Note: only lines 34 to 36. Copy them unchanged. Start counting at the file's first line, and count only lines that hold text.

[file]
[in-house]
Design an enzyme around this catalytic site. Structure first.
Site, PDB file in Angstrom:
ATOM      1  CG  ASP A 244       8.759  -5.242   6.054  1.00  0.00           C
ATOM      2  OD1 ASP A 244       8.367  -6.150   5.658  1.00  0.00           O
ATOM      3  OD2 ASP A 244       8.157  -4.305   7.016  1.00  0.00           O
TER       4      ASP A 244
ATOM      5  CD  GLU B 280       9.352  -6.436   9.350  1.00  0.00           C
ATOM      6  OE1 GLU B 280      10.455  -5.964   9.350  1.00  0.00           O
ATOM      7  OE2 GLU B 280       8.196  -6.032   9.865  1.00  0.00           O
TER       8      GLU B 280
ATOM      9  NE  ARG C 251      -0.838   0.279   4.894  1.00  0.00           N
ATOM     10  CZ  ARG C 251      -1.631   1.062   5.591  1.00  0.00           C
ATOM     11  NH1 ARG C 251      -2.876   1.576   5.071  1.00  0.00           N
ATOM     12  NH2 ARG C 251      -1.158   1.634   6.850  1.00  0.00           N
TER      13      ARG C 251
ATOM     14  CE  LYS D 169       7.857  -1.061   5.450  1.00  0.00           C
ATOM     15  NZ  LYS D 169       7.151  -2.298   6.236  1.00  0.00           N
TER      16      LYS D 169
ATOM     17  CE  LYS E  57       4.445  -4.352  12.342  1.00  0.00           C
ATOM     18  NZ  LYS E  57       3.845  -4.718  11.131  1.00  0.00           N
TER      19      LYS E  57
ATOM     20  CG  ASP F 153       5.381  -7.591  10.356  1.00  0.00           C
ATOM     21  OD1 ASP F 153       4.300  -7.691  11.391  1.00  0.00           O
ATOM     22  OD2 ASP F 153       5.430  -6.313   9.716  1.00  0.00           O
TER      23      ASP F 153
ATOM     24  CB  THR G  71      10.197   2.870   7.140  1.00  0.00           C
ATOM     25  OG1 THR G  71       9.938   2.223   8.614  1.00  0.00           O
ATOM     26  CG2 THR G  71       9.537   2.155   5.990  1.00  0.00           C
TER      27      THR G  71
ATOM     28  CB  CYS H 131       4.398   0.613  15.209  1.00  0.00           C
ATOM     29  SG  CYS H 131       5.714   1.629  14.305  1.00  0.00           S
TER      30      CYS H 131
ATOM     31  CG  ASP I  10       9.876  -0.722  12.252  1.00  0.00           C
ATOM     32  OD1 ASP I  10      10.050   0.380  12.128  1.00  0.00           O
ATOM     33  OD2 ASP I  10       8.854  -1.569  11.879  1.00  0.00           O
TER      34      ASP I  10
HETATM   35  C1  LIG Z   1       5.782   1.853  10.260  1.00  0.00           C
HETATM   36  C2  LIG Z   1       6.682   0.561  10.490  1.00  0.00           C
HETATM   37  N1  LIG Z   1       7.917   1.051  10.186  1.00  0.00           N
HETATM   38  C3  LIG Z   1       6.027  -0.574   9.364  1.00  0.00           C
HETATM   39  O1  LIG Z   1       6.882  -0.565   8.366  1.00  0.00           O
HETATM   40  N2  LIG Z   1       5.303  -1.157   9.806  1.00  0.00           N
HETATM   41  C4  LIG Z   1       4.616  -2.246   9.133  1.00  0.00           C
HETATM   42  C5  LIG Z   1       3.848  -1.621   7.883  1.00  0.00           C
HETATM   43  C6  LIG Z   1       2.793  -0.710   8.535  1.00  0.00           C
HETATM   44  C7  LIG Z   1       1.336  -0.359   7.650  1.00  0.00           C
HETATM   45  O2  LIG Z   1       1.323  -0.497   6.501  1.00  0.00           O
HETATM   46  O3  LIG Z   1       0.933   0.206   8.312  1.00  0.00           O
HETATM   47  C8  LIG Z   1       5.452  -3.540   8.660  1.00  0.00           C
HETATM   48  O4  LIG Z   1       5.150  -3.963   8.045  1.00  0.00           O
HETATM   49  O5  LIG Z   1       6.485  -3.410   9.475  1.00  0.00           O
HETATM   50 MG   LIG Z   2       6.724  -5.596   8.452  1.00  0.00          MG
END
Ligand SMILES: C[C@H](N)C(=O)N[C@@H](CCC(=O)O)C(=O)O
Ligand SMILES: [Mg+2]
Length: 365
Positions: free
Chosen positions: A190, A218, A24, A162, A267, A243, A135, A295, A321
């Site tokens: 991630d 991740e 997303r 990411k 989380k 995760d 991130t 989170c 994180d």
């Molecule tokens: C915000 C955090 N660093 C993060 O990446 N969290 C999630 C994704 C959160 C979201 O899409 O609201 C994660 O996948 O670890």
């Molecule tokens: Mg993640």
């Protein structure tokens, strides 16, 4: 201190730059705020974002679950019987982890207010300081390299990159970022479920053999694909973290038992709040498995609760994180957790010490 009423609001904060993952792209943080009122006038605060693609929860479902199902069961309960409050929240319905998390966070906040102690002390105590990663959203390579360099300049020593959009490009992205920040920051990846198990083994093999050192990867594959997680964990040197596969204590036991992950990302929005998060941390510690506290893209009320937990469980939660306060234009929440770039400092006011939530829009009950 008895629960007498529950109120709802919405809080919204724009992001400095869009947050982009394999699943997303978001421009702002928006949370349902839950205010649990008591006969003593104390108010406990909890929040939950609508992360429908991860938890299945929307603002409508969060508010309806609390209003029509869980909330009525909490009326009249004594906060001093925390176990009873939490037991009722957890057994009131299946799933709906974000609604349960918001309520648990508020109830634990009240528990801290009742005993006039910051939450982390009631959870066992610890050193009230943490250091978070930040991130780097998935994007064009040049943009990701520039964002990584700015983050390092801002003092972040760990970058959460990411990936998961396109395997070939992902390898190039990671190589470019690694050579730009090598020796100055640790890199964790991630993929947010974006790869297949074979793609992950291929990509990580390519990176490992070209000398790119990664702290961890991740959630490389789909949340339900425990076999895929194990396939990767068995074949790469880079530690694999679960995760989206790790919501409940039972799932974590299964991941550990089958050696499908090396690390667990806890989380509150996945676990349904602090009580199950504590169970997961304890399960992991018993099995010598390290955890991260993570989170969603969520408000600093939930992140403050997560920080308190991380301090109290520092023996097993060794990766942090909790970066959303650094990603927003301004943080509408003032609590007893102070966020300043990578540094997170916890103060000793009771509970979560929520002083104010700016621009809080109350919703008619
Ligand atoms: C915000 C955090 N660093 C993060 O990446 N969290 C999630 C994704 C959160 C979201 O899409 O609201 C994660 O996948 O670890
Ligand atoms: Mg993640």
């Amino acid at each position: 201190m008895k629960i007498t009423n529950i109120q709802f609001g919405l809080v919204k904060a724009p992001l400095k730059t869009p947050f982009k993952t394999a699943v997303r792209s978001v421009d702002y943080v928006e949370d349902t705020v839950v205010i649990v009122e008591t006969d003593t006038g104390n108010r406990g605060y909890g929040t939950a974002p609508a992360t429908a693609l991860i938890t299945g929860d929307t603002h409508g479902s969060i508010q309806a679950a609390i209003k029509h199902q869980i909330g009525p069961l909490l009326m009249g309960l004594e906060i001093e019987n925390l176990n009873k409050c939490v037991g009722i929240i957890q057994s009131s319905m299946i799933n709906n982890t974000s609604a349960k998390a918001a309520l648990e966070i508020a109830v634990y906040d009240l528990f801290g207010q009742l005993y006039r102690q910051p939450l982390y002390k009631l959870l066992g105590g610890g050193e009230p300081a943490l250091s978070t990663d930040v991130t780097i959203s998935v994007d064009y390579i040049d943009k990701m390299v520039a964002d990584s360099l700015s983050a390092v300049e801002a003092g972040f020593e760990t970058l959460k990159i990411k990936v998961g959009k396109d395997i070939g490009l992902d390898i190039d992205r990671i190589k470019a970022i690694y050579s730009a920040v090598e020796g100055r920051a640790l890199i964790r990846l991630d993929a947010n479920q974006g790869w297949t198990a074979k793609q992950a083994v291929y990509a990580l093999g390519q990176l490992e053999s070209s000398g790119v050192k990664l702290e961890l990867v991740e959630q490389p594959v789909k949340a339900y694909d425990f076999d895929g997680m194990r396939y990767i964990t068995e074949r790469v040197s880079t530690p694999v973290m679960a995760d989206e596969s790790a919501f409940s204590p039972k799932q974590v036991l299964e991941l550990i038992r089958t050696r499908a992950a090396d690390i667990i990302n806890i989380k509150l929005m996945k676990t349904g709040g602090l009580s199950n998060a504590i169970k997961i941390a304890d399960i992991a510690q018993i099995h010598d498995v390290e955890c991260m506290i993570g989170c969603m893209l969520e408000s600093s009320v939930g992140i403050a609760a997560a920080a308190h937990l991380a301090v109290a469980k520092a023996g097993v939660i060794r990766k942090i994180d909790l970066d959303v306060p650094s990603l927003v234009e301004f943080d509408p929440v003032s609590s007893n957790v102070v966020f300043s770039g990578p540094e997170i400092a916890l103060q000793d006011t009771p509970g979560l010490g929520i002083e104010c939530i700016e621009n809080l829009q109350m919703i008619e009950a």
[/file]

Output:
ATOM     31  CG  ASP I  10       9.876  -0.722  12.252  1.00  0.00           C
ATOM     32  OD1 ASP I  10      10.050   0.380  12.128  1.00  0.00           O
ATOM     33  OD2 ASP I  10       8.854  -1.569  11.879  1.00  0.00           O